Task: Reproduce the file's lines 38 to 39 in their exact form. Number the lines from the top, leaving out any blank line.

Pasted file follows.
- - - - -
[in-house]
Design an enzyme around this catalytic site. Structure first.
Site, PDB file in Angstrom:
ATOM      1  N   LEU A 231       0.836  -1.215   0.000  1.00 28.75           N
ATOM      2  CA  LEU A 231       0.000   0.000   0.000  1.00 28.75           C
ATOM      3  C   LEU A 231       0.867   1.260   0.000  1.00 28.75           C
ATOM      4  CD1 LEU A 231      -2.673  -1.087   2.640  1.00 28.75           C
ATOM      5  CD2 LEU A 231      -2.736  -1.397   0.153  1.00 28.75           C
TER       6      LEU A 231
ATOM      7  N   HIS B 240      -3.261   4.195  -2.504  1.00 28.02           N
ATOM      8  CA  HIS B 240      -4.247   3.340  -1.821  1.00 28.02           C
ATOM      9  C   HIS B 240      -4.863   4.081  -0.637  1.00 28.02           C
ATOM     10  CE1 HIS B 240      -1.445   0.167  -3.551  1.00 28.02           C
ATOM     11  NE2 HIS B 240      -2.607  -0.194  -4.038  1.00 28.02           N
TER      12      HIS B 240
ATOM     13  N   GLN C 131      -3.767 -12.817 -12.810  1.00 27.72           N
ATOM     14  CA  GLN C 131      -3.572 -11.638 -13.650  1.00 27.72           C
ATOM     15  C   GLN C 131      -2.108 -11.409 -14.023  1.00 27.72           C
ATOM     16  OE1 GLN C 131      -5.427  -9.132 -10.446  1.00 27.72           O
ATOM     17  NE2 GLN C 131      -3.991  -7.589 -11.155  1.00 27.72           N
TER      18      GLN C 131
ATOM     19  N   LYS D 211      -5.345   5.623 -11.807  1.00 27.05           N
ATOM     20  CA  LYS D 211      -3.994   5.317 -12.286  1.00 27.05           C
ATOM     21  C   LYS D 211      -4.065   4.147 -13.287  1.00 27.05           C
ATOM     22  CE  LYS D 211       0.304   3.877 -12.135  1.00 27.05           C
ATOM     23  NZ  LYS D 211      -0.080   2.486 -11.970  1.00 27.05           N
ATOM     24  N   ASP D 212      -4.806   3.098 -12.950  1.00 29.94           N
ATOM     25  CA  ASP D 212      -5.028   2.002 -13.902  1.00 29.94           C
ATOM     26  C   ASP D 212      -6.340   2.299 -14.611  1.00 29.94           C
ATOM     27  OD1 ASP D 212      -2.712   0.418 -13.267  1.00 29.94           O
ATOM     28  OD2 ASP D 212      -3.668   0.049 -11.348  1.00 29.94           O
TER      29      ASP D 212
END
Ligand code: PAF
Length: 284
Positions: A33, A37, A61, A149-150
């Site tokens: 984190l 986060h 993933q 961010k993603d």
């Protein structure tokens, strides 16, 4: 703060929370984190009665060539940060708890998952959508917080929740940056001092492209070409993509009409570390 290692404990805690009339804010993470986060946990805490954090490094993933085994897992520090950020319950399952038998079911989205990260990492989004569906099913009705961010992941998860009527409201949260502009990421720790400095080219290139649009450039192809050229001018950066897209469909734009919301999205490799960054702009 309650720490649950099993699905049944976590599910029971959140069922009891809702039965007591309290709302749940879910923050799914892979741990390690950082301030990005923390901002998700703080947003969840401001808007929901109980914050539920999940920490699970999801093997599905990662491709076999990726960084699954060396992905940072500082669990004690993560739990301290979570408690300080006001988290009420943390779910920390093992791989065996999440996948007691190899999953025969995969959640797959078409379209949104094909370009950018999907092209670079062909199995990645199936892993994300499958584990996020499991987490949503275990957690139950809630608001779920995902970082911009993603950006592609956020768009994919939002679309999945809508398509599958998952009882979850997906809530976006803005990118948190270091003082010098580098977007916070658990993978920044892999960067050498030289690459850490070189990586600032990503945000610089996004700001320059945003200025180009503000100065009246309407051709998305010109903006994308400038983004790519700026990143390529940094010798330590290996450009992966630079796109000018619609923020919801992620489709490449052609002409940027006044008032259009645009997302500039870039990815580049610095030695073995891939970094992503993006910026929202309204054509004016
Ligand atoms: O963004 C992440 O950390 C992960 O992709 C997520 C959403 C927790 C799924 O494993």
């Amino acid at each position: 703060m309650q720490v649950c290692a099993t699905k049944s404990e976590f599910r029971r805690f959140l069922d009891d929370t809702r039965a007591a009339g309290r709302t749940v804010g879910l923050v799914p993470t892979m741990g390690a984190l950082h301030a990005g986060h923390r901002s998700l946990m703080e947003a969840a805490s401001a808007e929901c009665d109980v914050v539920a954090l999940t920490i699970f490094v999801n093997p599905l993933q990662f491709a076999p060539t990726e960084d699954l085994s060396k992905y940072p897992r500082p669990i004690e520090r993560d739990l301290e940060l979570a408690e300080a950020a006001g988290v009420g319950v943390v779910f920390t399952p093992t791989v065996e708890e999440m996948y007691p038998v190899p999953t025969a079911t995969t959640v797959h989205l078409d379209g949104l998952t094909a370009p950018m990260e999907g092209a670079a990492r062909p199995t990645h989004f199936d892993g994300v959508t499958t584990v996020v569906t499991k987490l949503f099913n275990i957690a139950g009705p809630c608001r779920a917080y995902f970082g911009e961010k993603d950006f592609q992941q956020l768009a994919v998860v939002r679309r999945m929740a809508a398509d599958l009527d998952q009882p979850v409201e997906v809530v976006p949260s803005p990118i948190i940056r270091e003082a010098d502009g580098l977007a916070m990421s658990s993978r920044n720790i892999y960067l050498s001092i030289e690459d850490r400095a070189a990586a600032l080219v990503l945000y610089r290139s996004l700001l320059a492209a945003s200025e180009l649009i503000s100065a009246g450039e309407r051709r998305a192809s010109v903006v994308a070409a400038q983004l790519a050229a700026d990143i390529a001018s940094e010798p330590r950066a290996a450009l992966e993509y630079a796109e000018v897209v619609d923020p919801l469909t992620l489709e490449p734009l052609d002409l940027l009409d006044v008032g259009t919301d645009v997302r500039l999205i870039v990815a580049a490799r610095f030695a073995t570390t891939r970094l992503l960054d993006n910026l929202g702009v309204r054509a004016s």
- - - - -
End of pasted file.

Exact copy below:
């Protein structure tokens, strides 16, 4: 703060929370984190009665060539940060708890998952959508917080929740940056001092492209070409993509009409570390 290692404990805690009339804010993470986060946990805490954090490094993933085994897992520090950020319950399952038998079911989205990260990492989004569906099913009705961010992941998860009527409201949260502009990421720790400095080219290139649009450039192809050229001018950066897209469909734009919301999205490799960054702009 309650720490649950099993699905049944976590599910029971959140069922009891809702039965007591309290709302749940879910923050799914892979741990390690950082301030990005923390901002998700703080947003969840401001808007929901109980914050539920999940920490699970999801093997599905990662491709076999990726960084699954060396992905940072500082669990004690993560739990301290979570408690300080006001988290009420943390779910920390093992791989065996999440996948007691190899999953025969995969959640797959078409379209949104094909370009950018999907092209670079062909199995990645199936892993994300499958584990996020499991987490949503275990957690139950809630608001779920995902970082911009993603950006592609956020768009994919939002679309999945809508398509599958998952009882979850997906809530976006803005990118948190270091003082010098580098977007916070658990993978920044892999960067050498030289690459850490070189990586600032990503945000610089996004700001320059945003200025180009503000100065009246309407051709998305010109903006994308400038983004790519700026990143390529940094010798330590290996450009992966630079796109000018619609923020919801992620489709490449052609002409940027006044008032259009645009997302500039870039990815580049610095030695073995891939970094992503993006910026929202309204054509004016
Ligand atoms: O963004 C992440 O950390 C992960 O992709 C997520 C959403 C927790 C799924 O494993």